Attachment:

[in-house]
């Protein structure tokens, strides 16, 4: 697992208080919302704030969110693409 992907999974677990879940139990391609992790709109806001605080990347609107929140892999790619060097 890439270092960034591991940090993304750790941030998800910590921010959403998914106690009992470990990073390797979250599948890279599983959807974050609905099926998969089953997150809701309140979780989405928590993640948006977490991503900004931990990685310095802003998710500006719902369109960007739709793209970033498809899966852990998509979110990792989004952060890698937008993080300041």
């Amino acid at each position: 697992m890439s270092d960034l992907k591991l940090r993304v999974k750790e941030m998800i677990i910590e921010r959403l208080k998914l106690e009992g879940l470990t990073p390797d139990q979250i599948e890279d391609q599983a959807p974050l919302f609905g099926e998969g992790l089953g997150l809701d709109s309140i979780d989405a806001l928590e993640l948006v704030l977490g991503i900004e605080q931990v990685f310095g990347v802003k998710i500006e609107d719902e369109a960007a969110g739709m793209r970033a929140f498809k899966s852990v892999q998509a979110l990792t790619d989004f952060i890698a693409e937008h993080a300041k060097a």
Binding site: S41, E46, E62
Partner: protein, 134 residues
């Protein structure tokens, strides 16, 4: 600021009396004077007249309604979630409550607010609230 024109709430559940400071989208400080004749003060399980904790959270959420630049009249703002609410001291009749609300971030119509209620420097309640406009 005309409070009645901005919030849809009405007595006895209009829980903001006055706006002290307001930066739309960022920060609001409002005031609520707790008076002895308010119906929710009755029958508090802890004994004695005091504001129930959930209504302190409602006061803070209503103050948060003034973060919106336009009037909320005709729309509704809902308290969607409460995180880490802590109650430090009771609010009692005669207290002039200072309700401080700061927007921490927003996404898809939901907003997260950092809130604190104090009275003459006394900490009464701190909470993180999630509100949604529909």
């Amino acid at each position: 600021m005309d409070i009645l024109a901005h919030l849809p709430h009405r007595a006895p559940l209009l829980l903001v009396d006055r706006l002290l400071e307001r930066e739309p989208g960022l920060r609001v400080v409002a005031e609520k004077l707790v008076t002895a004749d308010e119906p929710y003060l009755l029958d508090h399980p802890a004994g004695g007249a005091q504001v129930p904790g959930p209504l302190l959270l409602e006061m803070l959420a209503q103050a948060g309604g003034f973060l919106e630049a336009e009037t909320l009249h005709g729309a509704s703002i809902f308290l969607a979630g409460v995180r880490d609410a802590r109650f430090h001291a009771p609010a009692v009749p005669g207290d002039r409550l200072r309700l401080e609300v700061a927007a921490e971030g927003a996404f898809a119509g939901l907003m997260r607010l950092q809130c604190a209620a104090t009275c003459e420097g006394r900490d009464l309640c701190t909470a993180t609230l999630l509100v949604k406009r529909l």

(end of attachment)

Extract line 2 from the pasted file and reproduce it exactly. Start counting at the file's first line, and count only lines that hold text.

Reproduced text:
């Protein structure tokens, strides 16, 4: 697992208080919302704030969110693409 992907999974677990879940139990391609992790709109806001605080990347609107929140892999790619060097 890439270092960034591991940090993304750790941030998800910590921010959403998914106690009992470990990073390797979250599948890279599983959807974050609905099926998969089953997150809701309140979780989405928590993640948006977490991503900004931990990685310095802003998710500006719902369109960007739709793209970033498809899966852990998509979110990792989004952060890698937008993080300041």